Archive for the ‘Biology’ Category

Junk Drawer Science

Junk Drawer Science is a new science curriculum company started by teachers with great resources for teachers.

Welcome to Junk Drawer Science: a result of years of frustration with the out-of-touch, and often-out-of date resources that have been available to us as teachers. We believe that it is time for a revolution in science education. The textbook should be relegated to its proper place. It should be a resource and no longer the focal point of our science classes!

Our mission is to provide engaging materials that stimulate learning in your students. We believe that science should not be expensive, and that the simplest lessons are often the most profound.

At the moment, they have three products available for purchase: a book full of great activities for middle and high school life science classes, a guide to using interactive notebooks in science class, and the game they created called “The Game of Evolution”.

I happen to teach with the Junk Drawer Science owners and can guarantee that their products are worth every penny. They have worked hard to develop curriculum and lesson tools that are effective in the classroom as well as easy to implement on a low (to non-existent) budget.

I guess that makes this a shameless plug: all in the name of providing the world with great teaching resources!

Unfortunately, they will not be at the NSTA conference in San Francisco, so for now, you will have to check them out online.

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Digestive System Monologues

We finished up the Digestive System by having students write monologues as if they were a part of the digestive tract (accessory organs such as the liver, gall bladder, kidneys, etc. included). Here’s the finished product:

Students presented their monologues in groups of two or three (there are two classes worth on monologues posted) and wrote them on colored paper for the bulletin board. This would be a great activity for any age group. With homeschoolers, you could even have each child write a monologue for each part – a great way to reinforce the content!

Great Intro to Endocrine System!

Today we started the endocrine system with the 7th graders. My cooperating teacher started the lesson by telling the following story written by Janet Weaver of Rosary School in Oklahoma City, OK:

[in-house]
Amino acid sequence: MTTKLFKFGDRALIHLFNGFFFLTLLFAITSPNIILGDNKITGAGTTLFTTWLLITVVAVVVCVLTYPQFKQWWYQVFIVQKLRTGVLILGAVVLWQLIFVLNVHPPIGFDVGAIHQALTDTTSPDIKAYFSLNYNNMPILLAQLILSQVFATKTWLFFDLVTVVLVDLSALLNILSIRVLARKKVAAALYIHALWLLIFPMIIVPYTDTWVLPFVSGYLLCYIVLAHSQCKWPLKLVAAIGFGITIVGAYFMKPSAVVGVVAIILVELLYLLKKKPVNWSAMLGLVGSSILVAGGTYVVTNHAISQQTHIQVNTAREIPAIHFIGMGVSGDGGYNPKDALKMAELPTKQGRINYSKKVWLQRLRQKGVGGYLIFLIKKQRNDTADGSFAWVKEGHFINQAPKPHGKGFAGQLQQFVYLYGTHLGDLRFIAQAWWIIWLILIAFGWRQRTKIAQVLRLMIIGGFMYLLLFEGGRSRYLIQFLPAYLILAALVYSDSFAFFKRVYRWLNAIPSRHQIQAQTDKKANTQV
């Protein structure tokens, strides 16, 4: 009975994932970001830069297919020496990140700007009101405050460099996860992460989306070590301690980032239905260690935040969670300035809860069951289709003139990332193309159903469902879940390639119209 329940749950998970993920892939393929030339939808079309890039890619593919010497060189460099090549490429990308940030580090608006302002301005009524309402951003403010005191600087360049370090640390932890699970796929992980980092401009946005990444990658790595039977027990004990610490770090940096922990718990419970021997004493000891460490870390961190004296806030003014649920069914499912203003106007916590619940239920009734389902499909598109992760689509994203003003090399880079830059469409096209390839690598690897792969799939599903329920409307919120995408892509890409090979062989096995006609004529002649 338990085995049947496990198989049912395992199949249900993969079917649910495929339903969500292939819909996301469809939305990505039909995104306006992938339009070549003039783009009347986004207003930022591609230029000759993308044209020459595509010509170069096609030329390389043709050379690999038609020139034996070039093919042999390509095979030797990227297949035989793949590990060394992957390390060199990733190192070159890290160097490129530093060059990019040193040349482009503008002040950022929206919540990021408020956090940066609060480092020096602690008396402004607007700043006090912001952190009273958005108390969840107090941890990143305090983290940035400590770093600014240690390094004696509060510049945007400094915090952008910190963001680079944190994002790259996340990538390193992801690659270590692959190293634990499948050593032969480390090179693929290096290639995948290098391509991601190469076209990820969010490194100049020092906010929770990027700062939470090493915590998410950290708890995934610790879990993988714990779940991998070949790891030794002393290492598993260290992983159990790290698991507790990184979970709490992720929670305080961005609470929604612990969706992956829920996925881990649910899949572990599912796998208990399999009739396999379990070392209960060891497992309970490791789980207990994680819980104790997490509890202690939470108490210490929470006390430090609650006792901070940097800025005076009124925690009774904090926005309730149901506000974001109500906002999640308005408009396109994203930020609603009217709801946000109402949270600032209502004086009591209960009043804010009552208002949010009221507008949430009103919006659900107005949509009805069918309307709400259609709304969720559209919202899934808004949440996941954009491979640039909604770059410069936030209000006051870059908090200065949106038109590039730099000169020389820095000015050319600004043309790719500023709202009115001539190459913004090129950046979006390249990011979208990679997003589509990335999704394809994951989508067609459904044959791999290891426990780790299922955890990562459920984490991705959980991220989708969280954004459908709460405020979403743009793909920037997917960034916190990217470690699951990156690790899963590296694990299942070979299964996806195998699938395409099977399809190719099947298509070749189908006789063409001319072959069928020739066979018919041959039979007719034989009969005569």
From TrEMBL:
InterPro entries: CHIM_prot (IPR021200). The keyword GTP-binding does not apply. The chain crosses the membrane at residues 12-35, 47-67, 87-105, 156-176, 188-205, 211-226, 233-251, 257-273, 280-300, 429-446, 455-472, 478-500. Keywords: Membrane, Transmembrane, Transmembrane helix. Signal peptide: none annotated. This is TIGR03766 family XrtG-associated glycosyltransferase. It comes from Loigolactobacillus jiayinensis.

Say (pausing …. after each suggestion): Close your eyes….Relax your feet….Relax your knees….Relax your thighs… Relax your stomach….Relax your hands….Relax your shoulders….Relax your chest….Relax your forehead. Imagine yourself in the middle of a beautiful field of flowers….The smell is sweet….the colors are all of your favorites….there is no pollen to irritate you….you are perfectly relaxed….the sky is blue, with only small puffs of white clouds…. You look around and see a small dirt road leading into the most beautiful grove of trees….you decide to follow the road into the trees….As you walk on the road, the temperature gets cooler….there are still flowers among the trees…. You see the road makes a sharp turn ahead, and as you walk around the turn you notice a house at the end of the road….It is not large, but it is not small either….The house is not well kept, but it is not falling down either….You can tell that someone lives there…. You decide to go up to the house to see if anyone there could give you a drink of water….You walk up to the house and up the 3 broken steps to the front door….The door is standing open a little as you knock….No one answers your knock, so you knock again, a little louder….Now you hear a muffled sound coming from far inside the house….You look into the front room of the house and see clothes laying around….a half full glass of milk….and a kitchen in the back…. You hear the sound again….so you call out….again you hear a muffled sound from the back of the house….You walk into the house….looking around as you go towards the kitchen…. In the kitchen you notice a door, half open leading into blackness….you open the door and see steps leading down….you hear the muffled sound a little louder now coming from beneath the stairs…. You begin walking down the stairs, into the darkness….your hand brushes up against the cool wall….At the bottom of the stairs you hear the muffled sound coming from your right, and as you turn towards it your hand feels a wetness on the walls….You walk v e r y slowly towards the sound….in the darkness….then A A A A A A A A A A A A A A A A (teacher screams as loudly as possible) Open your eyes. What is your body doing right now????